Sep 07, 2018 08:07 PM

Aircraft Leasing Market Sets Course for Consolidation

A brand-new Boeing 737-800 aircraft purchased by an aircraft leasing firm arrives in Zhengzhou, Henan province on June 12. Photo: VCG
A brand-new Boeing 737-800 aircraft purchased by an aircraft leasing firm arrives in Zhengzhou, Henan province on June 12. Photo: VCG

China’s aircraft leasing market will consolidate further in the near future as the investment-driven industry becomes increasingly competitive after years of breakneck expansion, industry executives and analysts said this week.

At the end of 2017, around 20 of the major leasing companies in China were domestically owned, up from only four in 2007 when China issued rules allowing banks for the first time to set up aircraft leasing entities, said Zhao Guicai, chairman of Industrial and Commercial Bank of China Leasing.

There are now a total of 1,369 leased aircraft in the China market. More than half are owned by Chinese companies, up from 5% in 2007 when there were 481 leased aircraft.

“The aircraft market is set to shift from ‘quantity’ to ‘quality,’ and become more differentiated in the near future,” said Li Jun, deputy manager of CATIC International Leasing Co. Ltd.

Moving from “quantity” to “quality” has been a slogan for China’s drive to upgrade its economy in recent years.

The aviation leasing market was a focus of the two-day 7th China Air Finance Development Summit in Tianjin.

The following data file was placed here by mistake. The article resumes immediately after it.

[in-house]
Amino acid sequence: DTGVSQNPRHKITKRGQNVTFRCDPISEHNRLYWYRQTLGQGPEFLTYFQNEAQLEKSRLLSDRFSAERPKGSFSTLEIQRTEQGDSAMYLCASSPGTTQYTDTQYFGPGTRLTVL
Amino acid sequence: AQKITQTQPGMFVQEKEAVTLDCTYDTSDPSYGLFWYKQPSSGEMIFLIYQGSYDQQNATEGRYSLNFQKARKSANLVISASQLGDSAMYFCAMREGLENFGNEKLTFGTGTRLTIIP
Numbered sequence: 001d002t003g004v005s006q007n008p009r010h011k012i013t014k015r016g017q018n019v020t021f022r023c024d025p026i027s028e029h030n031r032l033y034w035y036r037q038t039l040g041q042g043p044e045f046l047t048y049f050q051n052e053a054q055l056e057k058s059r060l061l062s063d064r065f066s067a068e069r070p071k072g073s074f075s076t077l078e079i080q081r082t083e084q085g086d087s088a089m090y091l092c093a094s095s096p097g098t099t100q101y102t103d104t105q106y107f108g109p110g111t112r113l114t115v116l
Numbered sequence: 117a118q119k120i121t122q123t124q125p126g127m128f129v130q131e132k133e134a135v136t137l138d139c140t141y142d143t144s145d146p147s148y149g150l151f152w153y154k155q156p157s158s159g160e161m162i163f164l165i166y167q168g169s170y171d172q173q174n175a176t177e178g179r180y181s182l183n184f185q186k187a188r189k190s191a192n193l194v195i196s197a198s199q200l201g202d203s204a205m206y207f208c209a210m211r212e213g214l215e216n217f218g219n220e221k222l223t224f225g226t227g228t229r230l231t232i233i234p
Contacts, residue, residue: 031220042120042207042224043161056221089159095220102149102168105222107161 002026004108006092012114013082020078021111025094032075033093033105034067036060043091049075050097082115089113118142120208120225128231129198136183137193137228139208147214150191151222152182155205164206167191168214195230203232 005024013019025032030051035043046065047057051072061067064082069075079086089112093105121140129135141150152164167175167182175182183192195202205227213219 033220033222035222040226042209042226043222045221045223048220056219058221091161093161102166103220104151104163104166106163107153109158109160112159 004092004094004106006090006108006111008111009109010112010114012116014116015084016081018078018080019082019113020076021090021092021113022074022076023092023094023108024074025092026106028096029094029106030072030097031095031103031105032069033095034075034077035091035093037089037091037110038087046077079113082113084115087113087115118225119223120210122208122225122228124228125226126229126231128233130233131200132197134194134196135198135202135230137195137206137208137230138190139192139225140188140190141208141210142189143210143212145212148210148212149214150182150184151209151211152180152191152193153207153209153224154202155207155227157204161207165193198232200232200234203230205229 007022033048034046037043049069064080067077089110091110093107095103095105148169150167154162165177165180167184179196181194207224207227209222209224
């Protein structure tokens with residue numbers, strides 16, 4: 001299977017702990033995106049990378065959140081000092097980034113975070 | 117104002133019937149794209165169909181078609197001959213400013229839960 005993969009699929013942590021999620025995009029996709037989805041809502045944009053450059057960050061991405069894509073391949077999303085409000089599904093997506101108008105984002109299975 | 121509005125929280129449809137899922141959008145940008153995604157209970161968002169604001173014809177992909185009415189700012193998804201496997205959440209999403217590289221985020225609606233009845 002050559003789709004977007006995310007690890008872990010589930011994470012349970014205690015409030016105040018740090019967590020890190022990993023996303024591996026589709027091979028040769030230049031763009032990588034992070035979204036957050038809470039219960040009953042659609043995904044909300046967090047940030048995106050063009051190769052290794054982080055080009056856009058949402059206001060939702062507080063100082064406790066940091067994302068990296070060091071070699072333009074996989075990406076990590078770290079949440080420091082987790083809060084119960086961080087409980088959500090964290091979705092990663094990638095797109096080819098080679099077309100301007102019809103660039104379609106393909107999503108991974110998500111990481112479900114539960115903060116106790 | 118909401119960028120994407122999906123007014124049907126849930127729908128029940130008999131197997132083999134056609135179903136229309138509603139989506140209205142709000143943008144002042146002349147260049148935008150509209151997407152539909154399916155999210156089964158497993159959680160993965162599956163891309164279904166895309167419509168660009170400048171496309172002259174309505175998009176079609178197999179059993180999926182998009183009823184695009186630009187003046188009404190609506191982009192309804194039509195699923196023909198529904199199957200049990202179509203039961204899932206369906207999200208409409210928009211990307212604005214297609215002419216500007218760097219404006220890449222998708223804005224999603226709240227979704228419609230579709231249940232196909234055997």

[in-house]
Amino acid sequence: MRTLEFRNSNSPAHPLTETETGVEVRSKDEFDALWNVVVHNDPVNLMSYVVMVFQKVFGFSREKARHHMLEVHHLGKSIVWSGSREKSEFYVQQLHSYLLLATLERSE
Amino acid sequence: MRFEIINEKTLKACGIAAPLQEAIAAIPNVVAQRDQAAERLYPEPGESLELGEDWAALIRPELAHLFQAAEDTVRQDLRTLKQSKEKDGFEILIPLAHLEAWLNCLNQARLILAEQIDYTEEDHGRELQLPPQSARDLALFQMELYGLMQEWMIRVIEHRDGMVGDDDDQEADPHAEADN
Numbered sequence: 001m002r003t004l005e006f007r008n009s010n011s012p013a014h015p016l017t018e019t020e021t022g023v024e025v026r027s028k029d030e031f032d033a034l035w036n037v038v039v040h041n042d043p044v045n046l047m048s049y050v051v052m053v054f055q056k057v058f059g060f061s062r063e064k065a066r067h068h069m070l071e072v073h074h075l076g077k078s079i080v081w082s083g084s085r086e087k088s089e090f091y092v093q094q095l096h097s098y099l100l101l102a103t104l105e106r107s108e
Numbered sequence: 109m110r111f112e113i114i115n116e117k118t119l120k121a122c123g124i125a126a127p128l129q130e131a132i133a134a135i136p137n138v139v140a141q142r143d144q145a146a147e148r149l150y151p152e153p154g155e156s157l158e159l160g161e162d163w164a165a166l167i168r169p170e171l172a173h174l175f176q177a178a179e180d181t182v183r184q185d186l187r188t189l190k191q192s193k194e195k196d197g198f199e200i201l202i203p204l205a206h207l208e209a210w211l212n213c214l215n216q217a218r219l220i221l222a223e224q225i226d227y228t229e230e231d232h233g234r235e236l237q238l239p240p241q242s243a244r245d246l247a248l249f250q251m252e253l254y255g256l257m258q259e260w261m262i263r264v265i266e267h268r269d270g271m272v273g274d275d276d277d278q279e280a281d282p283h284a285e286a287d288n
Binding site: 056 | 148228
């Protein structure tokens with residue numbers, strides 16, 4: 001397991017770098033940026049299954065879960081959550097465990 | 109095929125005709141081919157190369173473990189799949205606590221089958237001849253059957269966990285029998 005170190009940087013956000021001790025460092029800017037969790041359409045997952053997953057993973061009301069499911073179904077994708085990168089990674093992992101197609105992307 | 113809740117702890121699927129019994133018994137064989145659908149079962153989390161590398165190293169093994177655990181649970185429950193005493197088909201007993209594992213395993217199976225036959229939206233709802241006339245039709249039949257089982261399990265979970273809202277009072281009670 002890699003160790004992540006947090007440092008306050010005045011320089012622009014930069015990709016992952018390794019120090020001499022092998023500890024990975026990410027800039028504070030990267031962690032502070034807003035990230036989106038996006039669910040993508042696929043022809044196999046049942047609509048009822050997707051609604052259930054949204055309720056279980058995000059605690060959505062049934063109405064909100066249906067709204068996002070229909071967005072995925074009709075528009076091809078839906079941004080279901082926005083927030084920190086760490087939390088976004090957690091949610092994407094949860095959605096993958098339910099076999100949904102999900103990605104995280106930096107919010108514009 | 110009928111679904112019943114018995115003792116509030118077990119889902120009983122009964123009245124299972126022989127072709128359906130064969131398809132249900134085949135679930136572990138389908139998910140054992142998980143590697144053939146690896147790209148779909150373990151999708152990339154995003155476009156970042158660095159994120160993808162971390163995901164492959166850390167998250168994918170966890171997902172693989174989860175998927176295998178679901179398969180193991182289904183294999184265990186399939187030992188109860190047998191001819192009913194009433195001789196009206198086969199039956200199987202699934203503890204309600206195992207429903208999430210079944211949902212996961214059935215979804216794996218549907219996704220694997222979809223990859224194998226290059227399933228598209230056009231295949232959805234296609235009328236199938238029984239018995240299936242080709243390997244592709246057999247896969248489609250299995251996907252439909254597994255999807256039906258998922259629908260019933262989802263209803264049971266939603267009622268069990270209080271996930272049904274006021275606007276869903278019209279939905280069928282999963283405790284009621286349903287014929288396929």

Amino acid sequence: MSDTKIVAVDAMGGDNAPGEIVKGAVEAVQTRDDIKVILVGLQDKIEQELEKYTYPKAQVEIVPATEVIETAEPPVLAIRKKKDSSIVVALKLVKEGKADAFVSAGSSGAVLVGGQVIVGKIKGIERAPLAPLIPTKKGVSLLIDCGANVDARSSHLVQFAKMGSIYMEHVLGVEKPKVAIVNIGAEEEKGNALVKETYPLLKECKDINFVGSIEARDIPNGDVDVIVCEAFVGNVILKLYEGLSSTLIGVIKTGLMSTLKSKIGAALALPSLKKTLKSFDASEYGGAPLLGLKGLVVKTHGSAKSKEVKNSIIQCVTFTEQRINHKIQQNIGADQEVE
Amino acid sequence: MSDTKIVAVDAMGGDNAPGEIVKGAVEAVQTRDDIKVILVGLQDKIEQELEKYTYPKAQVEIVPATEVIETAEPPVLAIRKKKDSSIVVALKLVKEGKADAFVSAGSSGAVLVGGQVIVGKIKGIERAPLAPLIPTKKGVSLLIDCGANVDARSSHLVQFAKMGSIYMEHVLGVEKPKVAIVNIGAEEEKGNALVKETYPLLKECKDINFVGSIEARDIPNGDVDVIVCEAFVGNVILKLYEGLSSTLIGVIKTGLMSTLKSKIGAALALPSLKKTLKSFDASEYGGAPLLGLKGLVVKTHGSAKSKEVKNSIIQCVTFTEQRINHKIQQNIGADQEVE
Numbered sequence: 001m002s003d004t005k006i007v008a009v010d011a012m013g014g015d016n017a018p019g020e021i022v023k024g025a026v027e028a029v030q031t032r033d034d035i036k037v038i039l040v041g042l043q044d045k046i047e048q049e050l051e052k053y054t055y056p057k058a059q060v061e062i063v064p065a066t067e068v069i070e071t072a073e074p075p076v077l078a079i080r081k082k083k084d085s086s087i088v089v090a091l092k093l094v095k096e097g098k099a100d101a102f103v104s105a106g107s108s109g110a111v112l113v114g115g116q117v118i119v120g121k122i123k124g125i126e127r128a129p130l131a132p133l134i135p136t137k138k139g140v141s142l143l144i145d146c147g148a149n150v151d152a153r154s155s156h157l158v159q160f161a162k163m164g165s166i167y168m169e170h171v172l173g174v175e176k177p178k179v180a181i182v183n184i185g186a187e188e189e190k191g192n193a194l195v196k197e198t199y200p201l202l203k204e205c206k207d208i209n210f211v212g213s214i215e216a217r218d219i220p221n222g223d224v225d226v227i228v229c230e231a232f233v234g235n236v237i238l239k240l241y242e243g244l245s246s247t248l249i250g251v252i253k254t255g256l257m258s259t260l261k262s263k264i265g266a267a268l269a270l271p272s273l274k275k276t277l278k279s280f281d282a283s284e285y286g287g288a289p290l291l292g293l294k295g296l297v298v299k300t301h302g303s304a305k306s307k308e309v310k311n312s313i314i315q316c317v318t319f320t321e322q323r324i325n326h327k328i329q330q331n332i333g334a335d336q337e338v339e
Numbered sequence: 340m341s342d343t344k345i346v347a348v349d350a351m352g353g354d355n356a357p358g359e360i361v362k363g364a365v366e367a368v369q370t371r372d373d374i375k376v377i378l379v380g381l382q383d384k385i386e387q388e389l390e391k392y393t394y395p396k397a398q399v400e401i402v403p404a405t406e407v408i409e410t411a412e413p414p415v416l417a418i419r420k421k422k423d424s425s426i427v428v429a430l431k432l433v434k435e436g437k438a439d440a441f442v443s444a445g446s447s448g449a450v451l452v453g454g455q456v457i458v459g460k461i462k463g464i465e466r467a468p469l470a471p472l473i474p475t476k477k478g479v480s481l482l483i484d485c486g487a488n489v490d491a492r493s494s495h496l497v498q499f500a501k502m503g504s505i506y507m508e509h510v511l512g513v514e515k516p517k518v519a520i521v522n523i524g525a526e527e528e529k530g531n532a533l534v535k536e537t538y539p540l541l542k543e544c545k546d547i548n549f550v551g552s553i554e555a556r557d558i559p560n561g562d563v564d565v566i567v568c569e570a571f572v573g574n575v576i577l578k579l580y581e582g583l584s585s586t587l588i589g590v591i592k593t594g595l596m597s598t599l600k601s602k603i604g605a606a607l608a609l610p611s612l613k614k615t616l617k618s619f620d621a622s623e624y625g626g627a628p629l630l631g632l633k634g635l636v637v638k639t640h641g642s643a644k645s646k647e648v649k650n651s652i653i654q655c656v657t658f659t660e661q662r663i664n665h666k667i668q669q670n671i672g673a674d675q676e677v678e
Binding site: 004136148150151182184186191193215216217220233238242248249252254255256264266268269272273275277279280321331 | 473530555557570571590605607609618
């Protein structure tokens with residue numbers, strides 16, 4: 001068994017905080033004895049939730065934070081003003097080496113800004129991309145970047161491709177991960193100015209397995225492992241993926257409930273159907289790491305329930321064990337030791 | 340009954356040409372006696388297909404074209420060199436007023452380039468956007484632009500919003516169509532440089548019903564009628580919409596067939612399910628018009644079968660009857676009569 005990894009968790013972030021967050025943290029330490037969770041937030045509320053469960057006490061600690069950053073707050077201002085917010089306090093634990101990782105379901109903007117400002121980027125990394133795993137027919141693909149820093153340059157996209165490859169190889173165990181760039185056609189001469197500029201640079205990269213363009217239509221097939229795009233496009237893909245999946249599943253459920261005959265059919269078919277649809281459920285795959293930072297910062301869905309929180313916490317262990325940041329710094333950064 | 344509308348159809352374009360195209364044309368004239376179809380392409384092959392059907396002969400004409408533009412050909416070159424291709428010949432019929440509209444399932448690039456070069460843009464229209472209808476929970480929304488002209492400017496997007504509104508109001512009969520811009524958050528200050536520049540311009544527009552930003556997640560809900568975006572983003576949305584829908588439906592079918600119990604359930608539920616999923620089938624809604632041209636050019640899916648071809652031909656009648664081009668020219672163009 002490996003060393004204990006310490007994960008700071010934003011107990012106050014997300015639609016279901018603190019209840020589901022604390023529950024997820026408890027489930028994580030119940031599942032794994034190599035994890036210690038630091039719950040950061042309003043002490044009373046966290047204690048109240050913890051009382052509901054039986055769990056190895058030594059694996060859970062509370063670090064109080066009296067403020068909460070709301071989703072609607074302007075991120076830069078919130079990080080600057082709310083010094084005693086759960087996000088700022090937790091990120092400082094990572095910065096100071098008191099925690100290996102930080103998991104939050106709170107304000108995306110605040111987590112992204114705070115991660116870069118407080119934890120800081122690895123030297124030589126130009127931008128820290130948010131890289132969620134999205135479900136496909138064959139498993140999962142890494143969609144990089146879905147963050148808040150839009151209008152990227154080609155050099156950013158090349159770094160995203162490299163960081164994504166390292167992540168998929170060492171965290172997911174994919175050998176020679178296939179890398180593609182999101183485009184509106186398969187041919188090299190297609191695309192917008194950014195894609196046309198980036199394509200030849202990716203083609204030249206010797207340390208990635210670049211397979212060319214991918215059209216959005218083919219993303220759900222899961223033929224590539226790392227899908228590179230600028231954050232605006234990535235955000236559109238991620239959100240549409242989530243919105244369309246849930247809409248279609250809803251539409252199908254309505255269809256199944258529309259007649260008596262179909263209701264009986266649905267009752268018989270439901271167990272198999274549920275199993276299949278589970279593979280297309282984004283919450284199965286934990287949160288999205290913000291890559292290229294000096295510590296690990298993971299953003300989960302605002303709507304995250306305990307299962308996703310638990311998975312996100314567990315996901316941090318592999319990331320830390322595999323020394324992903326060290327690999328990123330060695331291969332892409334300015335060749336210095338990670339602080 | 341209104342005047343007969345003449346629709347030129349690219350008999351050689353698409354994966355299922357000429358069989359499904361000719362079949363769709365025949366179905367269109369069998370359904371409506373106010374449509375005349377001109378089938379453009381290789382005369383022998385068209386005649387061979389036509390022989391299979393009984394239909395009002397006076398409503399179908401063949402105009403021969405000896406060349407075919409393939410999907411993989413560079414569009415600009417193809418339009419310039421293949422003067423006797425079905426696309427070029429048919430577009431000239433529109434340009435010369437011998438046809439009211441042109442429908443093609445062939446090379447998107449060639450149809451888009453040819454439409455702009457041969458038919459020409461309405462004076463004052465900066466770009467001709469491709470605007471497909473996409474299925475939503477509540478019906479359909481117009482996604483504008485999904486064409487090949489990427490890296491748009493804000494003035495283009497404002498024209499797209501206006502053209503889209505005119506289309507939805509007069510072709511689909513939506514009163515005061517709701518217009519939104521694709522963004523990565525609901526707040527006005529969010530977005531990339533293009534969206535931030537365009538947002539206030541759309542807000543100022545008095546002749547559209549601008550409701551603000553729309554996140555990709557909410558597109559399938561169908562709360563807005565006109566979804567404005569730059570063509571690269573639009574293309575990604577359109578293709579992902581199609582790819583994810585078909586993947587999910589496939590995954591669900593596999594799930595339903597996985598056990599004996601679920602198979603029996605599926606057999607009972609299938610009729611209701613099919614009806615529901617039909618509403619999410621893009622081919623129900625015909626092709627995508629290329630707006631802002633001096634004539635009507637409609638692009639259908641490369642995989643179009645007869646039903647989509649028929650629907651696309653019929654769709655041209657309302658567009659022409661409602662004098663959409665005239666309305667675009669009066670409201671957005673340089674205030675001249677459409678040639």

Industry executives at the event said they expected domestic aircraft leasing operators, who mainly developed the business using their own massive capital resources, to face increasingly greater pressure as Chinese regulators tighten financing rules in their focus on deleveraging.

By 2017, eight of 11 leasing companies whose total assets exceeded 100 billion yuan ($14.7 billion) were supported by the country’s major banks, including the Industrial and Commercial Bank of China, and China Development Bank.

In contrast to their Western aircraft leasing counterparts, which manage their own fleets, the Chinese banks are mainly using a leasing model that would eventually cede the fleet’s ownership to the airline.

But this model will be tested as the government tightens the rules, with greater risk being faced should businesses make wrong decisions, particularly in relation to asset management skills, said Ding Wenyu, chairman of leasing at Germany’s Norddeutsche Landesbank.

Companies have to abandon their strategy of winning market share by lowering leasing prices, as the overall profitability in the industry is decreasing, said Zhao Guicai.

Shen Lei, a taxation official from Tianjin, added that Chinese leasing companies should gradually abandon such a lending–led mentality. They should follow their international counterparts to get a truer understanding of the industry and improve their own fleet management capabilities, Shen said.

Contact reporter Mo Yelin (

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